Troubleshooting Tomatoes - Heirloom Seeds - Seeds of Plenty

Troubleshooting Tomatoes

Tomatoes don’t often give one any trouble, but when they do, it can be terribly discouraging. Just picture my dismay when my summer crop of Roma tomatoes, which usually gives me enough tomatoes for sauces, cooking, salads, and a healthy store of frozen relish for the winter, failed spectacularly last year.

Of course, I’m not alone in this, and plenty of readers have been getting in touch to find out how Australian veggie gardening enthusiasts can steer clear of trouble with this veggie staple. As always, help is at hand. In this post, we’ll jog through the most likely tomato troubles, how to avoid them, and what you can do if they start rearing their ugly heads.

1. Blossom End Rot

Your tomatoes develop, but the bottoms of each fruit seem to rot away. Is it some dreaded disease? In truth, it’s a problem with how you’re growing your tomatoes (sorry guys). In essence, it’s caused by calcium deficiency, and the causes of that range from insufficient water to too much water, low calcium in the soil or sufficient calcium and an incorrect soil pH to make it absorbable. “Omgeeeee!” You exclaim. “What now?”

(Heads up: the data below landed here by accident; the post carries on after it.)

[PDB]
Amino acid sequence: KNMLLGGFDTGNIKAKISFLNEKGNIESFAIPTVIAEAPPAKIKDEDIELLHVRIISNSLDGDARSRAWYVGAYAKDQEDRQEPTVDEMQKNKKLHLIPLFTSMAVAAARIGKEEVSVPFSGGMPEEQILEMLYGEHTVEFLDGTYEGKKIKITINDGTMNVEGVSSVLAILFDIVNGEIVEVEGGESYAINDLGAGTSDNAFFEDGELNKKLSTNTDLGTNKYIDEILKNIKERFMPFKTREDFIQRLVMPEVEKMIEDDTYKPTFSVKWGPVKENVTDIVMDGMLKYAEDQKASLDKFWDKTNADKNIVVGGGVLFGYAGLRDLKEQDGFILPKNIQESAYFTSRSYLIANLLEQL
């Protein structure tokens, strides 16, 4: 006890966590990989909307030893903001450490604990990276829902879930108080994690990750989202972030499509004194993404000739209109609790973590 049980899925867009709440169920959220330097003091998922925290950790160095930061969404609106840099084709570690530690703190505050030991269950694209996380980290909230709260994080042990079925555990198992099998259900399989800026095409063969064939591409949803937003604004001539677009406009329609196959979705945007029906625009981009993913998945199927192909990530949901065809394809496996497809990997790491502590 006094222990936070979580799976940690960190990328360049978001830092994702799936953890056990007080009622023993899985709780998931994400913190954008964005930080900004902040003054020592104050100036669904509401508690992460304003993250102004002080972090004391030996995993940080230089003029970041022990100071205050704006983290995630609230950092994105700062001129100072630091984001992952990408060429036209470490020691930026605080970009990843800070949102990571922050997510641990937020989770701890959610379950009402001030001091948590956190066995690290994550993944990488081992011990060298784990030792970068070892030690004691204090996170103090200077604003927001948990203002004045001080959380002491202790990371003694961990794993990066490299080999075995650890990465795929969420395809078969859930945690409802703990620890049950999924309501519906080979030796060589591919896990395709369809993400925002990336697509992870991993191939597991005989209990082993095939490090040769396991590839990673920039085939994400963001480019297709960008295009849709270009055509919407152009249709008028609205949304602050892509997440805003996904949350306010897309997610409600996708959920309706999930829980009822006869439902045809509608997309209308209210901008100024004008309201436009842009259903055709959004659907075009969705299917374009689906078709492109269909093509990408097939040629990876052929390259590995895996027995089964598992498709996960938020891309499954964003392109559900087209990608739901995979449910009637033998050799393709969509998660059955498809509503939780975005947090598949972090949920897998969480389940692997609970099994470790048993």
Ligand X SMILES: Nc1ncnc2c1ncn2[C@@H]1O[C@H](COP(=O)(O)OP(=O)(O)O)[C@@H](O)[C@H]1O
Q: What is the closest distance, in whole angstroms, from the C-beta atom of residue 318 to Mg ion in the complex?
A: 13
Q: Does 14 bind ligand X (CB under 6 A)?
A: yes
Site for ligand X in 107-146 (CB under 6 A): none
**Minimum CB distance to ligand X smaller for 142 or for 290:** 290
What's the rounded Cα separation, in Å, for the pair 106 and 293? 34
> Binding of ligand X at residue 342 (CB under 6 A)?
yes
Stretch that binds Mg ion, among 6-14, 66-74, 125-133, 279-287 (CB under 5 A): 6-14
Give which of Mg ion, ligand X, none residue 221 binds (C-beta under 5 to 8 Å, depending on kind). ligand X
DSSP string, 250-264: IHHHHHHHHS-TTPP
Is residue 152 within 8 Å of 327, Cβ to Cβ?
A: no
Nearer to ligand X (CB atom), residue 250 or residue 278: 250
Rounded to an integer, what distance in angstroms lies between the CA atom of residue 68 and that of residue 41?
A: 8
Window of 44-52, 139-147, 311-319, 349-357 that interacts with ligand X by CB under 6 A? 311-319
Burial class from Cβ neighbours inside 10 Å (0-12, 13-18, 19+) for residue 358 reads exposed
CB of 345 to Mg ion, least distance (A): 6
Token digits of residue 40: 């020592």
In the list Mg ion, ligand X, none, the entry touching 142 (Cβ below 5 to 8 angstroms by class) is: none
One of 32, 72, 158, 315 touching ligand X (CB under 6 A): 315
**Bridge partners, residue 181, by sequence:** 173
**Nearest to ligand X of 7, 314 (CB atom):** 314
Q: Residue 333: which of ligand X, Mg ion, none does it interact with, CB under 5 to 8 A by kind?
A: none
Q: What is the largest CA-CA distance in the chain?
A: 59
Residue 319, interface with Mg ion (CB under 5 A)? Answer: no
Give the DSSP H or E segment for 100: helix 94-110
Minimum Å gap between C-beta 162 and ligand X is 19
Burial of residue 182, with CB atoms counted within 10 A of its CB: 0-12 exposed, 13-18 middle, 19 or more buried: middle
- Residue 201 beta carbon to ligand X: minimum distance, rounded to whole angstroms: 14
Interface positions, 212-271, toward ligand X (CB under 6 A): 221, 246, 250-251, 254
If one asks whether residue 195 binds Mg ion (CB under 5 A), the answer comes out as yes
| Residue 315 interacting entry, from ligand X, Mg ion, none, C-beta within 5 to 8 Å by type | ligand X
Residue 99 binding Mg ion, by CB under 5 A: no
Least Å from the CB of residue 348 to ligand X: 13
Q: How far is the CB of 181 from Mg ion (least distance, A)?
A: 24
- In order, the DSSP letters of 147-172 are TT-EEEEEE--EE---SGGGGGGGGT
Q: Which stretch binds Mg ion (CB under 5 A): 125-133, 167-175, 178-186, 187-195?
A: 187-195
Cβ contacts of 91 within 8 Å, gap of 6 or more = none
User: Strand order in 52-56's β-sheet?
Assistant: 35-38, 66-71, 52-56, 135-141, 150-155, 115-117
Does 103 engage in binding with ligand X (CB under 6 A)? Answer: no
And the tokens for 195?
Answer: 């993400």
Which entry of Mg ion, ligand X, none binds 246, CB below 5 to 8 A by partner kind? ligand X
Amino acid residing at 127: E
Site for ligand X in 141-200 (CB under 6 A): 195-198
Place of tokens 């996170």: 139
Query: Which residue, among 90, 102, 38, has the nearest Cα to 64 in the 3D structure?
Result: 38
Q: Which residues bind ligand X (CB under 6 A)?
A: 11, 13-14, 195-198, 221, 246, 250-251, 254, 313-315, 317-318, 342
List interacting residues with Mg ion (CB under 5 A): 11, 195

First up, think watering. Did you let the soil dry out? Did you water like crazy so that your soil was constantly soggy? If the answers to both these questions is a “probably not,” then we need to dig deeper.

Were you inclined to dig around your tomatoes a lot? Oops! You may have damaged the roots, and that would also interfere with water uptake. If you think they just got too dry, remember the benefits of mulch. Still not convinced you’ve targeted the problem?

You may need to have your soil tested to check its pH, or you can try one of the home soil test kits you can get at garden shops. They’re not as precise, but you can get a broad idea of your soil pH from them. Tomatoes absorb Calcium at a pH of 6.5 to 7.5. If your soil is acid, a little lime could be the thing you need.

Need a broader guideline? Inland soils in Australia tend to lean towards acidity, while coastal soils tend to be more alkaline. Whether you’re going to be more scientific or are going to take a guess, the good news is that the 0.5 around neutral pH range suits most plants well, and could prove to be a good general guideline for most of your plants